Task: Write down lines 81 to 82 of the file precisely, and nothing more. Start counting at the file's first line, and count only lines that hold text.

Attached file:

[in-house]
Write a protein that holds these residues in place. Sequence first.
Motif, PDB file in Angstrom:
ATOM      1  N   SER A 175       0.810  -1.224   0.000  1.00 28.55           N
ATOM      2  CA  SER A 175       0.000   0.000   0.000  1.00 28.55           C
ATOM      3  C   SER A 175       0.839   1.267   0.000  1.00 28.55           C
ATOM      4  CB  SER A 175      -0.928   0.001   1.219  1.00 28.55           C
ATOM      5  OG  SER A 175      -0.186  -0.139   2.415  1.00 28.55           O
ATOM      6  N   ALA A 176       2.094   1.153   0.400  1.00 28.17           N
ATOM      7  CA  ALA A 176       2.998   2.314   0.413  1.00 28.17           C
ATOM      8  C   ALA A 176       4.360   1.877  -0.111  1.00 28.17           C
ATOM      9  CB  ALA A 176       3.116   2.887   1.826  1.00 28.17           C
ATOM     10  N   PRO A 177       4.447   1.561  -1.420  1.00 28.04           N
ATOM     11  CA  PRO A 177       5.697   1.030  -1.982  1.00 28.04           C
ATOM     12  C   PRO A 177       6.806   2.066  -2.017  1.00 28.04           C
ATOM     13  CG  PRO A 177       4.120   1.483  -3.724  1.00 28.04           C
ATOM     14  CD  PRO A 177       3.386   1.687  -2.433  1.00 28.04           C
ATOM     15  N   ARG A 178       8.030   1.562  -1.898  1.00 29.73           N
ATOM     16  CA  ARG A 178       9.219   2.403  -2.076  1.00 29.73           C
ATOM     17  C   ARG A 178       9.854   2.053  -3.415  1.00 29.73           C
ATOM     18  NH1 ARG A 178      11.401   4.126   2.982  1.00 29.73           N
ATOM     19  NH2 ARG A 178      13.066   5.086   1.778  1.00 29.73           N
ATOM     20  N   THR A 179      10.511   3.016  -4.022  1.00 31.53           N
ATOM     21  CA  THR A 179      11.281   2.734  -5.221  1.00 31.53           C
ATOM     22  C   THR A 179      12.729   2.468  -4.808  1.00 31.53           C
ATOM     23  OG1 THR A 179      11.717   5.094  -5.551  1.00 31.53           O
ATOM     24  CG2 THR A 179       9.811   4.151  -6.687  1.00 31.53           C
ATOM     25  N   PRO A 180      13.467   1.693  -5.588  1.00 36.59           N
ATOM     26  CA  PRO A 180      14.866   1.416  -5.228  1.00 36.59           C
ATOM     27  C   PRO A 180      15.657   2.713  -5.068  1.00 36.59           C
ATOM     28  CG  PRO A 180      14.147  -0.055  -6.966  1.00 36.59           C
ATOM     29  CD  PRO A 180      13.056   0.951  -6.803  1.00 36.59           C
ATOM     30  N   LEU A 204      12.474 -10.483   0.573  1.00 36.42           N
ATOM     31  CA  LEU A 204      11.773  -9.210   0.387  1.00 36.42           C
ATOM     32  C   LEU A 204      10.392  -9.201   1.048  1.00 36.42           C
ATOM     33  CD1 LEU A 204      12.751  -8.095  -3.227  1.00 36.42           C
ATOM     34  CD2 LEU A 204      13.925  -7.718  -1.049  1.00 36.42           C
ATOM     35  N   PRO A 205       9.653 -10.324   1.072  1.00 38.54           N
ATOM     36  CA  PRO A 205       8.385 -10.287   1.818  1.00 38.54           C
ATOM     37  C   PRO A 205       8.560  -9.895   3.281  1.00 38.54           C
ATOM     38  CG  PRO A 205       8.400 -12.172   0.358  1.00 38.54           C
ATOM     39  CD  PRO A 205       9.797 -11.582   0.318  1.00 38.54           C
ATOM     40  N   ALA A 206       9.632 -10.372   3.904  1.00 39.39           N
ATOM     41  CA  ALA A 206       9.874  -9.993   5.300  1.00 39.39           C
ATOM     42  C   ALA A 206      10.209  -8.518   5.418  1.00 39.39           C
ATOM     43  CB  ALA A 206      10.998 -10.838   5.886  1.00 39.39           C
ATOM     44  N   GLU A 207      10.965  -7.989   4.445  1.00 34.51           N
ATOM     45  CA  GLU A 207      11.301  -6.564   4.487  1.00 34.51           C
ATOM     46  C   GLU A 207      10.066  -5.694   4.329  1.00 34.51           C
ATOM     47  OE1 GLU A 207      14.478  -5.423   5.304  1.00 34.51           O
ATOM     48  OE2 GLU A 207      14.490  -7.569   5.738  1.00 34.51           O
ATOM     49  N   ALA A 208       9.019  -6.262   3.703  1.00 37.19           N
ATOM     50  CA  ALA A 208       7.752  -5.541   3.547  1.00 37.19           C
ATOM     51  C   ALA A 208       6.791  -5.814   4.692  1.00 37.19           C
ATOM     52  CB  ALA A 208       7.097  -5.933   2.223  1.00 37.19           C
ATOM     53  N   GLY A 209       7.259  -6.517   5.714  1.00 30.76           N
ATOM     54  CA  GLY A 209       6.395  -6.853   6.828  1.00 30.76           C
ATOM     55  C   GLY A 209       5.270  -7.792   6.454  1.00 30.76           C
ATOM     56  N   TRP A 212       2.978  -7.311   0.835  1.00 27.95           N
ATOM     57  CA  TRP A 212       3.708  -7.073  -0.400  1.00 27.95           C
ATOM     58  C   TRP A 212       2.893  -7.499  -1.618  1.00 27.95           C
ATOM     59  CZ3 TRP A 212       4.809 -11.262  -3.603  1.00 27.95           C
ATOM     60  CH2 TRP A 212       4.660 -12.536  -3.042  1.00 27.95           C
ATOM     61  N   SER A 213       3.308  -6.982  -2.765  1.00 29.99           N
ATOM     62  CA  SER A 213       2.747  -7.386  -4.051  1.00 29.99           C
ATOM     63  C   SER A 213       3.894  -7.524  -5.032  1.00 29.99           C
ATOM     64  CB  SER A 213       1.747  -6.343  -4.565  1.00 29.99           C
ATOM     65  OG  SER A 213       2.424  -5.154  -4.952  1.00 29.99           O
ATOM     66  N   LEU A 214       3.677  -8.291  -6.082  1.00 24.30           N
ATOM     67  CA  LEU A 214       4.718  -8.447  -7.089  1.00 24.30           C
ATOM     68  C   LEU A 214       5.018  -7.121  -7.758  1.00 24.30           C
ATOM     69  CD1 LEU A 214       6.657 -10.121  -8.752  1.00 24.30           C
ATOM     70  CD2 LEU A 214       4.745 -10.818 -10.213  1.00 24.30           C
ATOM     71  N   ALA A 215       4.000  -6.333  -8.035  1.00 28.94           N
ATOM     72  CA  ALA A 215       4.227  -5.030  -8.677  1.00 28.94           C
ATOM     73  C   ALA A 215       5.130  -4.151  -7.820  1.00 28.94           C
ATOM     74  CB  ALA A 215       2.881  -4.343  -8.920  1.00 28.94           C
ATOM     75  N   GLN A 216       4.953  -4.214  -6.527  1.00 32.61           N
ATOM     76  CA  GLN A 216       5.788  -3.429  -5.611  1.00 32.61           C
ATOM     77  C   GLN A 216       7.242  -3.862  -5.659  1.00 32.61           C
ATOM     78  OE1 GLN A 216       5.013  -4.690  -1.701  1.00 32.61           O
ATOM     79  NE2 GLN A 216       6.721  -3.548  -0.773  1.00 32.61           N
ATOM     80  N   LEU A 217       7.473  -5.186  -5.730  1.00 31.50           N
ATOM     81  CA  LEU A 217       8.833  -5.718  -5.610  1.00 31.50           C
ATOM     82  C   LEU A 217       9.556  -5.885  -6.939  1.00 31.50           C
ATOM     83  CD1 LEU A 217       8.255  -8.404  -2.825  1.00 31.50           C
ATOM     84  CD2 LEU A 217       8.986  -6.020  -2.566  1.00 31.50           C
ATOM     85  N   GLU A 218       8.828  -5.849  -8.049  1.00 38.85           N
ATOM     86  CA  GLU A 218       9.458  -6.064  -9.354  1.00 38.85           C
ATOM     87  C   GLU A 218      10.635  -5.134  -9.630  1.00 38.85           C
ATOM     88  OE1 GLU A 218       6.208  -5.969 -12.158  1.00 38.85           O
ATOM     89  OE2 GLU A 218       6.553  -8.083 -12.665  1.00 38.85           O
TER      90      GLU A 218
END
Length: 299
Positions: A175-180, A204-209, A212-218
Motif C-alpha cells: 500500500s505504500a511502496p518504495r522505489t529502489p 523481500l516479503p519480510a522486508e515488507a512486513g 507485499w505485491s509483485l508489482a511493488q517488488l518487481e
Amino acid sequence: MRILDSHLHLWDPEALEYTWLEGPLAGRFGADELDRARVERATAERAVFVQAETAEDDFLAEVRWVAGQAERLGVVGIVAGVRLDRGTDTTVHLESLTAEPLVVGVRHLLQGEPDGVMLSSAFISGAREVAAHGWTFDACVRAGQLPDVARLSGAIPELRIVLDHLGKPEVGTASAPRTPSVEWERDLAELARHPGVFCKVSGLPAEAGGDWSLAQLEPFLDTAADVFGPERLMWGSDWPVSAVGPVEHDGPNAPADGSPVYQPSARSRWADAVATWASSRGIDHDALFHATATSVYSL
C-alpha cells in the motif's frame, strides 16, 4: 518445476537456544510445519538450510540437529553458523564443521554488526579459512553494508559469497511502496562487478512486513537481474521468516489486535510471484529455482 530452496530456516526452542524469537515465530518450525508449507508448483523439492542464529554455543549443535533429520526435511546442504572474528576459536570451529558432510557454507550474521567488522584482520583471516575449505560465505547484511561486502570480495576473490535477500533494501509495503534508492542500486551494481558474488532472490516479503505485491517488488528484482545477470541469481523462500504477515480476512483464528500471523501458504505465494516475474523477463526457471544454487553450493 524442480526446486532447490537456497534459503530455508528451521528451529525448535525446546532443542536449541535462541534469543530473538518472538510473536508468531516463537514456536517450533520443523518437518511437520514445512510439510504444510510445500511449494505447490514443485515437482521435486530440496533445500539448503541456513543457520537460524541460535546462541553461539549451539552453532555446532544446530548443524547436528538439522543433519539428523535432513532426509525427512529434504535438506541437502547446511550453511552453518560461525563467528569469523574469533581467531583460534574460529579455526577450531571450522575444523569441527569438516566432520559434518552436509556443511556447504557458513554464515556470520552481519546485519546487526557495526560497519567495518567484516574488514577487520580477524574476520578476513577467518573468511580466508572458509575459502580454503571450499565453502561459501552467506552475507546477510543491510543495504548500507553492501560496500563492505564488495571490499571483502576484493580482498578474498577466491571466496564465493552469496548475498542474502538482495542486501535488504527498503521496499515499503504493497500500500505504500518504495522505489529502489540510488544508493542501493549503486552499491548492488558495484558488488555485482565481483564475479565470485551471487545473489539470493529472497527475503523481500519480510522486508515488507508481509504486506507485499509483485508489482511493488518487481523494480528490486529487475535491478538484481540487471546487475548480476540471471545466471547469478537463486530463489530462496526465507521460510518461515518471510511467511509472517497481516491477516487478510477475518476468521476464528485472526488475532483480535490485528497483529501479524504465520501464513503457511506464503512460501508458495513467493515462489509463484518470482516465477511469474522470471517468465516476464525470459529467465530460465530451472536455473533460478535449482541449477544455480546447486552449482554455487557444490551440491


ATOM     78  OE1 GLN A 216       5.013  -4.690  -1.701  1.00 32.61           O
ATOM     79  NE2 GLN A 216       6.721  -3.548  -0.773  1.00 32.61           N